p.s. remember a torch (flashlight) I forgot! :D
 

anniethenurse

Veteran Member
Camino(s) past & future
Camino Frances.Vasco del Interior.Camino Finisterre& Muxia. Camino Portugues. Ruta del Ebro.
Wild camping sounds free and not that appalling. What are the dangers really when camping in Spain along the camino? There are hardly no poisonous snakes? No wolves and bears, other wild beasts?
How many were you and did you each carry a tent of your own? Wild camping is maybe an option next year on the camino when it is the Holy Year with the increased amount of pilgrims on the camino...
annie
 

elzi

Active Member
Well, I didn't see much in the way of dangerous animals. I was a bit worried about dangerous spiders I admit, but the only bites I got were mosquitoes. The only snakes I have ever seen on the camino have been dead. I only once saw a live snake on a varient of a varient off the Le Puy route in France and it moved out of the way quicker than I did! We do know someone who had some problems with a wild boar camping on the camino but I suspect most intelligent wildlife stays well away from a route so busy with people.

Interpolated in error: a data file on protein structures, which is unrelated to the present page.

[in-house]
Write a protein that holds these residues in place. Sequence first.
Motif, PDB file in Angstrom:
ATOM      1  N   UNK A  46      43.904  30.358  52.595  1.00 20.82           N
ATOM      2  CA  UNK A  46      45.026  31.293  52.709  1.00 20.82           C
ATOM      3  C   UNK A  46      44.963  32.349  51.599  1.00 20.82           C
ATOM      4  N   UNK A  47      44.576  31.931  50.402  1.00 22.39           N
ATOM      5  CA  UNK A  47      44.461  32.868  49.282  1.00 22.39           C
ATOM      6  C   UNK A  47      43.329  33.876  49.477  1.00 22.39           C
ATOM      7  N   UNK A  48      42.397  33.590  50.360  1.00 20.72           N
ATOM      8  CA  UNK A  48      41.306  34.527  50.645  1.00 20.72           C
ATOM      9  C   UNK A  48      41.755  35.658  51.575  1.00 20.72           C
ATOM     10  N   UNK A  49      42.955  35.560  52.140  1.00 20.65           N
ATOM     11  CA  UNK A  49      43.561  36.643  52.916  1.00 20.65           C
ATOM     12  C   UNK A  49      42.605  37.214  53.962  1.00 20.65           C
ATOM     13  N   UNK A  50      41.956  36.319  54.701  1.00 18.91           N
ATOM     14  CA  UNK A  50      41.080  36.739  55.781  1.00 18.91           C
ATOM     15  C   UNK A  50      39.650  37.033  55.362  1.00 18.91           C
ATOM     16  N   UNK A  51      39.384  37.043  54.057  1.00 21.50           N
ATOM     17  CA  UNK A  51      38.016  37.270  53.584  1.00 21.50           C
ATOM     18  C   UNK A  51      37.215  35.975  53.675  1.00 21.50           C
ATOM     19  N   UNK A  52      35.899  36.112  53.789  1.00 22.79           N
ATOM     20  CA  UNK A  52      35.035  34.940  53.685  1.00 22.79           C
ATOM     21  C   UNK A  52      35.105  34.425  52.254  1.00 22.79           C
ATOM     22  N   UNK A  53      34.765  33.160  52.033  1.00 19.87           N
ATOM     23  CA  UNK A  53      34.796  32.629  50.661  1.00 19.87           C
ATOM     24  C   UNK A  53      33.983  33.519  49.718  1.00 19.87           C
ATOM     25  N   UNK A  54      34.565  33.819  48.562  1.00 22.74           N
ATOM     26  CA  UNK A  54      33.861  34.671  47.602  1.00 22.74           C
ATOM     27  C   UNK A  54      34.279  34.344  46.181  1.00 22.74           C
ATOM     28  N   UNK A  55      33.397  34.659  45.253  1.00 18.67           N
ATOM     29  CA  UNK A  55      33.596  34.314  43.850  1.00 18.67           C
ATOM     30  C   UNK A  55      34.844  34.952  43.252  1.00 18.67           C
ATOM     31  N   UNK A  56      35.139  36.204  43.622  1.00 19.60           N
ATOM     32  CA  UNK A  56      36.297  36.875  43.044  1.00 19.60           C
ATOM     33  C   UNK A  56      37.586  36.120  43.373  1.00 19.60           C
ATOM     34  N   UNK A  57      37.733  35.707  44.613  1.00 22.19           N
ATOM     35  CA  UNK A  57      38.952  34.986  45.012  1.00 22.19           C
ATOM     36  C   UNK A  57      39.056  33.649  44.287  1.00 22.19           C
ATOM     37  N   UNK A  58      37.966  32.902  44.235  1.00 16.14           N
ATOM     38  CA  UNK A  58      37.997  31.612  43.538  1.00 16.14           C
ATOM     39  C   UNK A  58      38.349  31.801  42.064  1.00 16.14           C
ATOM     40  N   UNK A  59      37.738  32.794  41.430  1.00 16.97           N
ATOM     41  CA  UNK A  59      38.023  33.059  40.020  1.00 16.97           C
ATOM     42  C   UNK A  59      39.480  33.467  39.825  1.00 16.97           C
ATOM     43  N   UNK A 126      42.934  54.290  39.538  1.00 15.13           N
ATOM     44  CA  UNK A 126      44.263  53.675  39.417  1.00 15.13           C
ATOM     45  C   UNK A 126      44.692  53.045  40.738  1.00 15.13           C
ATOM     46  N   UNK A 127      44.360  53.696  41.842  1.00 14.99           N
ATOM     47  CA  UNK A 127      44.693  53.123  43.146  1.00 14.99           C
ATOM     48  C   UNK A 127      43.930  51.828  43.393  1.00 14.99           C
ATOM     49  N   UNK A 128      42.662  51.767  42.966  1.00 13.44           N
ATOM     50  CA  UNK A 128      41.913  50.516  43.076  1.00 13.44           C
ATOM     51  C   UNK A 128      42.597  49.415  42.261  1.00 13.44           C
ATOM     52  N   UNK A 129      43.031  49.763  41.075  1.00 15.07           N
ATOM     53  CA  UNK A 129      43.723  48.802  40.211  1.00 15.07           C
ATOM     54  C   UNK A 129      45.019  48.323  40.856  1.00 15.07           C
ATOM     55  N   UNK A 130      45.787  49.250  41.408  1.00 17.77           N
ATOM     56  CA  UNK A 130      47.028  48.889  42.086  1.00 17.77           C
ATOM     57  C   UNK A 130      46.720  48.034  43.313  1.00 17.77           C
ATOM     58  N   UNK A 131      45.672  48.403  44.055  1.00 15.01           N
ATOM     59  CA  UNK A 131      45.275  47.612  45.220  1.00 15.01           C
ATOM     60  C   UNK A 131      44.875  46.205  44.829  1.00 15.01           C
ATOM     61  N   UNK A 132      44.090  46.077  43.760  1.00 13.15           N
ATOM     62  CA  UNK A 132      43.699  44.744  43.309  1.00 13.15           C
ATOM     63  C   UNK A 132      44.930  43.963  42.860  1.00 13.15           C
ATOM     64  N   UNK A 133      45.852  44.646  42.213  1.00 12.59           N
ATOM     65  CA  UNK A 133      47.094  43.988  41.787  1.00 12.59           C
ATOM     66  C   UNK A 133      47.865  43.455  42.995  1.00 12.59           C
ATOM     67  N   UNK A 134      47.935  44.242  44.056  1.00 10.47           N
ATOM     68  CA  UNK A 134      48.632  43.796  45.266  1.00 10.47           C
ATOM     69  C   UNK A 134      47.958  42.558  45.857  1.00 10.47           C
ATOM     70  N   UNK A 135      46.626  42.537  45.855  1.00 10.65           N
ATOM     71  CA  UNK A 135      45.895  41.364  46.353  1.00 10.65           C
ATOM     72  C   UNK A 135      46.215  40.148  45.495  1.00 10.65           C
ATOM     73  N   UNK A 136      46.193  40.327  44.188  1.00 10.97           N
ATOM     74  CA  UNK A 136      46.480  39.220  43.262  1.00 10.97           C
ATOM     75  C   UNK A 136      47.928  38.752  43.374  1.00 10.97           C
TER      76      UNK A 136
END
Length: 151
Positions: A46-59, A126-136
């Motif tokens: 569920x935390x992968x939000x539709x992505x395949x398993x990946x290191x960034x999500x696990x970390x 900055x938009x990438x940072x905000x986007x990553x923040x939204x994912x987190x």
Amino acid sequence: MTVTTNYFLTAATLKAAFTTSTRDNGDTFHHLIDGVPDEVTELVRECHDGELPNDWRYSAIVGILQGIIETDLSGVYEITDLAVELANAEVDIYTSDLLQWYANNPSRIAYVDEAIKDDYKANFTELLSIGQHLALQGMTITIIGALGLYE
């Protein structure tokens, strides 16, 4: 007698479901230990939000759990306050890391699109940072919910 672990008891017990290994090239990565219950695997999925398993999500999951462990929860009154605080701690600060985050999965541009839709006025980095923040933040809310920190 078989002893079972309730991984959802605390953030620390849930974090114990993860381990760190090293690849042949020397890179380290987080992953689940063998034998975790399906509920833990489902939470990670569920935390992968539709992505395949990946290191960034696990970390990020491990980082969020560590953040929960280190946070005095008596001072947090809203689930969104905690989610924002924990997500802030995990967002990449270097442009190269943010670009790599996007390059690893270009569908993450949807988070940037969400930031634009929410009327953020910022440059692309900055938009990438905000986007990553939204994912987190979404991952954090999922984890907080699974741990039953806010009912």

We were two women around 30-ish. We had no problems at all, like I said there was noone around on the route after mid-afternoon, we had the places to ourselves! We carried a tent each (as we were planning to separate - my friend is still walking!) I have a very lightweight and very small 1kg tent that just about squeezes me and my backpack in but my friend is carrying a roomy two person tent all to herself!

It only rained one night we were out. I suspect in the hotter months/nights you could easily sleep outside in a bivi without even worrying about putting a tent up.
 

chinacat

Veteran Member
I can't imagine a lightweight trowel would do the job and an ordinary metal trowel seems like one more heavy thing to carry around.

There is one lightweight trowel that might do --- the delightfully named " I POOD " - Swedish, I think.

chinacat
 

obinjatoo@yahoo.com

Veteran Member
Camino(s) past & future
2012 Dieppe, FR Bici CF.
2014 Ruta Vasco/CF/Primativo